Figure 3 gives us more information about how income is distributed across households (using per capita GDP as our indicator). In this figure, the world’s population is organized into successive income quintiles, each representing 20% of the world’s population. Thus the bottom quintile represents the poorest 20% of humanity, the next quintile represents the second-poorest 20%, and so on. The area associated with each quintile is in proportion to how much of the world’s income that they receive. As we can see in the figure, nearly three-quarters of the world’s income goes to the richest 20%. Meanwhile, the poorest 40% only receive 5% of the world’s income.
Traditionally, many economists have taken an optimistic view concerning the future of global income inequality. A pattern of faster growth in poorer countries is predicted by the traditional Solow growth model. According to elaborations of that theory, a given increase in the manufactured capital stock should lead to a greater increase in output in a country that is capital-poor than in a country that is already capital-rich. Therefore, some economists have reasoned, it is just a matter of time until “less developed” countries catch up with the countries that have already “developed”. The idea that poorer countries or regions are on a path to “catch up” is often referred to as convergence. Describing low-income countries as “developing” assumes that they are on a one-way path towards greater industrialization, labor productivity, and integration into the global economy.
Is it true that “developing” countries are, in general, catching up with the “developed” countries? A number of studies of GDP per capita growth rates have concluded that lower-income countries are catching up to higher-income countries (as shown by the data for country groups in Table 1). However, this has largely been due to the strong growth rates experienced by the very populous countries of China (categorized as a middle-income nation) and India (a low-income nation). Because these two countries have such large populations, they have a disproportionate influence on the average growth rates for low- and middle-income nations shown in Table 1. If, on the other hand, we count each country equally, the results suggest that convergence is not occurring in the majority of developing countries. In fact, if we count each country equally the average annual growth rate of real GDP per capita (PPP) over 1990-2005 was 0.8% in the low-income nations, 2.0% in the middle-income nations, and 2.1% in the high-income nations – suggesting further divergence rather than convergence.
We can see what has happened to some “developing” country incomes relative to high-income countries better in Figure 4. Here, GDP per capita is expressed as a proportion of average GDP per capita in the high-income countries. While India’s per capita income rose in absolute dollar terms, India made only slow gains in comparison to the high-income countries (though its growth has accelerated recently). Other countries fared worse. Nigeria, along with many other countries in Sub-Saharan Africa, actually lost ground. Income per capita went from about 6% of the rich country level to an even lower level – around 4% of the rich country average in 2005. In China, on the other hand, the movement has clearly been towards “convergence,” with PPP-adjusted per capita income rising from 4% to 20% of the rich country average during this period.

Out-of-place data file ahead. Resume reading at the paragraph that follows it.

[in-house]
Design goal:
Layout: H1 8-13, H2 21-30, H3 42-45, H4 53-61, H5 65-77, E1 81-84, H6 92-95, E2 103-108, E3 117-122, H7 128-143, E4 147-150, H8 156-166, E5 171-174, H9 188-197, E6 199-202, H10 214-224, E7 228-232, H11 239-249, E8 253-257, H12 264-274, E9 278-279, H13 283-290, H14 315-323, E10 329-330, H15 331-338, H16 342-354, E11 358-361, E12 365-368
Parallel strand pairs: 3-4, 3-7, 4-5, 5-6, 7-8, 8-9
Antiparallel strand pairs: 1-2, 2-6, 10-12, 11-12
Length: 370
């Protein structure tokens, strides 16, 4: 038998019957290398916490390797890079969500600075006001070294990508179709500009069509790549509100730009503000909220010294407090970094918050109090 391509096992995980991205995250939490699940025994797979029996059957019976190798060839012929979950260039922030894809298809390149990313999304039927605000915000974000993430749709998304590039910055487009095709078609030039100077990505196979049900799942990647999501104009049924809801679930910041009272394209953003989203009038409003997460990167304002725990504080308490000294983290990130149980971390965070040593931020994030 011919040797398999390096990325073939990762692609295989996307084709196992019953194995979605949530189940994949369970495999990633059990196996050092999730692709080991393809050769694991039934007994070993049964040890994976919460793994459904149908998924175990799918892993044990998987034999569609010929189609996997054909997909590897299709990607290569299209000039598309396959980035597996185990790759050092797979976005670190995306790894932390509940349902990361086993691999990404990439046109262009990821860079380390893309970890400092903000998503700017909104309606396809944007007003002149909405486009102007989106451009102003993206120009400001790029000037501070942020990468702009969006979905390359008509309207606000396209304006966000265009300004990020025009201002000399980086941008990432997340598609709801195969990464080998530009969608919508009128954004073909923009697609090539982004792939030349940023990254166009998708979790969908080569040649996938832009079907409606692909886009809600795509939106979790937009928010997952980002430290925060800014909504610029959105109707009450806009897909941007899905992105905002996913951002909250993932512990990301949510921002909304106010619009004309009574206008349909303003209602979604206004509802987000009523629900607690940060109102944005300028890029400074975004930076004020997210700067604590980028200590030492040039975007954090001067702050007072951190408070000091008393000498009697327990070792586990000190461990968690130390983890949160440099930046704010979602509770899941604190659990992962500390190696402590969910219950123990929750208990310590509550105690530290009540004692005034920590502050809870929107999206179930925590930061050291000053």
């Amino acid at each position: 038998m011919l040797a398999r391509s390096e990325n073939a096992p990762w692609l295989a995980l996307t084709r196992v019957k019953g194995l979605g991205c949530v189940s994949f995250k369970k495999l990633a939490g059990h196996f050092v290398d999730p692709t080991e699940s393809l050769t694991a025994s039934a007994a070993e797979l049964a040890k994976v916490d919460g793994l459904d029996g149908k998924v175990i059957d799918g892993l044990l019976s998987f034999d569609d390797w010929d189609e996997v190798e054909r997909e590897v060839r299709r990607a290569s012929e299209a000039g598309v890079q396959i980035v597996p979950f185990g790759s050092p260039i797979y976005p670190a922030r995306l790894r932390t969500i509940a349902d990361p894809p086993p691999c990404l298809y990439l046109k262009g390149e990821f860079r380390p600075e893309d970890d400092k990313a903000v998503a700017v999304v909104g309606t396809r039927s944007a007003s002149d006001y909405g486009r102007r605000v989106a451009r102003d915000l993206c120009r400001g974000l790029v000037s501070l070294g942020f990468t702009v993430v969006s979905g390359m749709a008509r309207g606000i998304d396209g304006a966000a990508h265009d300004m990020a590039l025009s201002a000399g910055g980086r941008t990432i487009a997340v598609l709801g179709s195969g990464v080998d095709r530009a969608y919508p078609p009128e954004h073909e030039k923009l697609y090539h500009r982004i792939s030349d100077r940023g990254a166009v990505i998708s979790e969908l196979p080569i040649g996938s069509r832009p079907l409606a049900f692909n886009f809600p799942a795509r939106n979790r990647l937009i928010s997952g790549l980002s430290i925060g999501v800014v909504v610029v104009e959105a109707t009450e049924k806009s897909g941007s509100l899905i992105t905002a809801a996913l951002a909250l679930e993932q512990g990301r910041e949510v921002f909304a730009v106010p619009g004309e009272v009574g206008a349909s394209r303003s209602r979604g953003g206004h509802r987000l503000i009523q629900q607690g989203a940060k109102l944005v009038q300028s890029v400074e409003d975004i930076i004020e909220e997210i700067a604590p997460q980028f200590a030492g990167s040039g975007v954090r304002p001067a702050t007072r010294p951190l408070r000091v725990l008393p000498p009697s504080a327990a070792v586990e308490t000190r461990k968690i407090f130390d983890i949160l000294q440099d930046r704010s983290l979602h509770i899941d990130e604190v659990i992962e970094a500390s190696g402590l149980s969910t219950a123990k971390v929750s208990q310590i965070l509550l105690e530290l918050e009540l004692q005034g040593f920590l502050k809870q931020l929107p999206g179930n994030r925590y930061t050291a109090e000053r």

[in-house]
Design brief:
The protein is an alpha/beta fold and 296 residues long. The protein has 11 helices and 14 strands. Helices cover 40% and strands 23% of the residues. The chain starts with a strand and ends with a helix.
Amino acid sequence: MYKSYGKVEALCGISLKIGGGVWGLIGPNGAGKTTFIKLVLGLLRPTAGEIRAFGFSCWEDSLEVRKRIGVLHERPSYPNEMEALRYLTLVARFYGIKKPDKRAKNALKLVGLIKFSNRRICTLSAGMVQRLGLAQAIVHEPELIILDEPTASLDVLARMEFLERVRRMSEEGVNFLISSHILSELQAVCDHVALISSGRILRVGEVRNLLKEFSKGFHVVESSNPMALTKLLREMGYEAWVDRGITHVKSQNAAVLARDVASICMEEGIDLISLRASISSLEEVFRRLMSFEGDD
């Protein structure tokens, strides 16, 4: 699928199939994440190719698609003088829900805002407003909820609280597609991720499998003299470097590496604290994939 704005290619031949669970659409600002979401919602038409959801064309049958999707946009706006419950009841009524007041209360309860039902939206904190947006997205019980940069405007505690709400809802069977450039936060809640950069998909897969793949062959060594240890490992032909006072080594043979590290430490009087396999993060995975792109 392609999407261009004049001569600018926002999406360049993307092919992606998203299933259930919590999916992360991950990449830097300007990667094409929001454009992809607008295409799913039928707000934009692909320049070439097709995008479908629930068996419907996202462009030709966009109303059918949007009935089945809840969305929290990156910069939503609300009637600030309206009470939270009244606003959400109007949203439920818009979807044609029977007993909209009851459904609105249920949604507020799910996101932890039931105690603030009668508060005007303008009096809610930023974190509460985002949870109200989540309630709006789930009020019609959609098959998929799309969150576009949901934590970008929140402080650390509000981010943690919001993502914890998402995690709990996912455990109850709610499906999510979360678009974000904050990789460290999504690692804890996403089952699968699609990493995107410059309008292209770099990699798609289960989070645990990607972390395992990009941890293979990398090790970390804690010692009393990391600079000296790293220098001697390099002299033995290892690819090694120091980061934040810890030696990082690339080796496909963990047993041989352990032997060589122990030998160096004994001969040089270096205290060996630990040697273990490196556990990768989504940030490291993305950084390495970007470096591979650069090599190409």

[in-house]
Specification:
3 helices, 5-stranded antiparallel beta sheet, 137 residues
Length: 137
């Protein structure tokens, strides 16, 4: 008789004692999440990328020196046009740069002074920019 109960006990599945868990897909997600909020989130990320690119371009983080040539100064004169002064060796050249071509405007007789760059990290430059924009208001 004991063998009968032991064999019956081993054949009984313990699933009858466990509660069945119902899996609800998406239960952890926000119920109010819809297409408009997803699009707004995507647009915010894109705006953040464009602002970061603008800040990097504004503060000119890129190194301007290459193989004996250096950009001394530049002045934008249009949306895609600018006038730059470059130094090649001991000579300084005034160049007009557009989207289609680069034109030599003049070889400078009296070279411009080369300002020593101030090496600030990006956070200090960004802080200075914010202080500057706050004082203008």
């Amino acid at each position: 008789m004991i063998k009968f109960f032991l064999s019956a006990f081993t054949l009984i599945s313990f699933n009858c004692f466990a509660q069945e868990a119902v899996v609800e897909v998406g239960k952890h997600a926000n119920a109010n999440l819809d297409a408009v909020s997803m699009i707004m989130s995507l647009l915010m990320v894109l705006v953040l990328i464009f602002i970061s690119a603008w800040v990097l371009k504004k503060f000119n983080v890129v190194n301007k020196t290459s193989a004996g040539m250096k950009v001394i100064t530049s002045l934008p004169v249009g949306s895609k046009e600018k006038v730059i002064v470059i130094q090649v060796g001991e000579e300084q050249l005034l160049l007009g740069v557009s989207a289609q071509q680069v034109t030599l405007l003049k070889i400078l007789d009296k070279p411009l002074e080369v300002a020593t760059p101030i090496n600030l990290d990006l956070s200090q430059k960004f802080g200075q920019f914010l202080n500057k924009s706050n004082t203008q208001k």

Current Patterns of Growth
How fast are countries growing now? Figure 5 summarizes a wealth of information about the twenty-year period leading up to the turn of the century. The horizontal axis measures gross domestic product (GDP) per capita in 1980, so that the United States and other industrialized countries are represented by spheres off to the right, and poorer countries are represented by spheres off to the left.
The vertical axis measures average annual per-capita growth rates from 1980 to 2000. Thus faster-growing countries, including China and India, are high on the graph, while slower-growing countries are represented by dots closer to the horizontal axis. Some countries have experienced negative growth—that is, their levels of income per person have actually fallen in recent years. High income countries have generally experienced moderate, positive average growth rates (on the order of 1% to 2%), while growth rates diverge much more as one moves down the income scale. At very low incomes, average growth rates diverge dramatically (ranging from about -2.5% to 6%).
The size of the spheres are proportional to the population of the country represented, so that the United States shows up as a medium-sized sphere, while China and India—together, home to nearly 40% of the world's population—are represented by very large spheres. China and India represent the "good news" side of the development story. While many people in these countries remain desperately poor, at least the trend is going in the right direction. Because of strong growth in these two very populous countries, a large number of people have been lifted out of poverty in recent decades.
The countries of Sub-Saharan Africa, which have been particularly hard-hit by AIDS and war, are represented by solid dots in Figure 5. They account for a large proportion of the very low and negative growth rates. This is the very "bad news" side of the contemporary development story. Far from "developing," such countries have actually become poorer in recent decades.
- Global Development And Environment Institute, Tufts University